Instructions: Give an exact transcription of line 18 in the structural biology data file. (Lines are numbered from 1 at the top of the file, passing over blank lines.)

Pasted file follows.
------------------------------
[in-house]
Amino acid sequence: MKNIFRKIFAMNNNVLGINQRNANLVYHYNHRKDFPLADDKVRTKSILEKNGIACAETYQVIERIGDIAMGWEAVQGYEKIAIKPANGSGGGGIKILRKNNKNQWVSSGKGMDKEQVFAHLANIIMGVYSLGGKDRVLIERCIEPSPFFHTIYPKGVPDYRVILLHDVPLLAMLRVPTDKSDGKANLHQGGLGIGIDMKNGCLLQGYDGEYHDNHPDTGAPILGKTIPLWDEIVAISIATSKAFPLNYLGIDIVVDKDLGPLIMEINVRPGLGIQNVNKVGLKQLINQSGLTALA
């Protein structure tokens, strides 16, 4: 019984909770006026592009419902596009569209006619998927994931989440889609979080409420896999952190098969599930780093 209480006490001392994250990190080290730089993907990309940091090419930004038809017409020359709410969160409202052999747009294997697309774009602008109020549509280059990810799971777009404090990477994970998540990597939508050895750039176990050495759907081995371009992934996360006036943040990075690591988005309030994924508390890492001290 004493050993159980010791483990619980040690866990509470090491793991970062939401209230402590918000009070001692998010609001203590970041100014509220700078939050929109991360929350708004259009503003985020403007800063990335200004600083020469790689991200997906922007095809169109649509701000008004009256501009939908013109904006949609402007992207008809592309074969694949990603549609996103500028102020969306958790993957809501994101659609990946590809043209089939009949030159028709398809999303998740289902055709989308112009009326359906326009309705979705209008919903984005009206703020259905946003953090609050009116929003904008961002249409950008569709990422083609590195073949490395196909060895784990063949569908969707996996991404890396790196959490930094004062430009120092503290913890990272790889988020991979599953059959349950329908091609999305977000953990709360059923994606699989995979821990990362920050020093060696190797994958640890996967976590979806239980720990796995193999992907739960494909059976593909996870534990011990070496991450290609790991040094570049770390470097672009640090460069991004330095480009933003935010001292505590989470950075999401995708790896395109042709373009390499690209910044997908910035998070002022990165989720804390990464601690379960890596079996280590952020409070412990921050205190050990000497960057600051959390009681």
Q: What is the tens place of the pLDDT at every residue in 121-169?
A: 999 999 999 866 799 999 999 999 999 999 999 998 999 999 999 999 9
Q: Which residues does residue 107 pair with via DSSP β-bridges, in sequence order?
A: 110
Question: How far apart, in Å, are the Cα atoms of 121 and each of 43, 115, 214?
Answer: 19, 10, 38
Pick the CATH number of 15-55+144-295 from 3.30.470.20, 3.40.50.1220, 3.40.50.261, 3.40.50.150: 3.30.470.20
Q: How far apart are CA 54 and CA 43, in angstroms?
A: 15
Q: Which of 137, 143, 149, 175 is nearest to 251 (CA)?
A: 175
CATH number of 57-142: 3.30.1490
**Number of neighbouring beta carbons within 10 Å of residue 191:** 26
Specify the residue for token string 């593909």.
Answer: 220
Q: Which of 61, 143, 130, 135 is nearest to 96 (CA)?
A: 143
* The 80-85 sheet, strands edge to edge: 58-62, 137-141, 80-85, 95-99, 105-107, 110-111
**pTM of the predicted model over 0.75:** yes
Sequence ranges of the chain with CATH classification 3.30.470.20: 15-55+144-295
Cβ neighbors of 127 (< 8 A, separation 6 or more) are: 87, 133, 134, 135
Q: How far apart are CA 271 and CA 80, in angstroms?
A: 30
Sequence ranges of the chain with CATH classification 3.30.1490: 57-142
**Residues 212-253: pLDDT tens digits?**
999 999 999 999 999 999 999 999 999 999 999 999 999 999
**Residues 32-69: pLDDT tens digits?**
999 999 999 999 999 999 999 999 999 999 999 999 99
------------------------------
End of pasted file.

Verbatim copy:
Answer: 220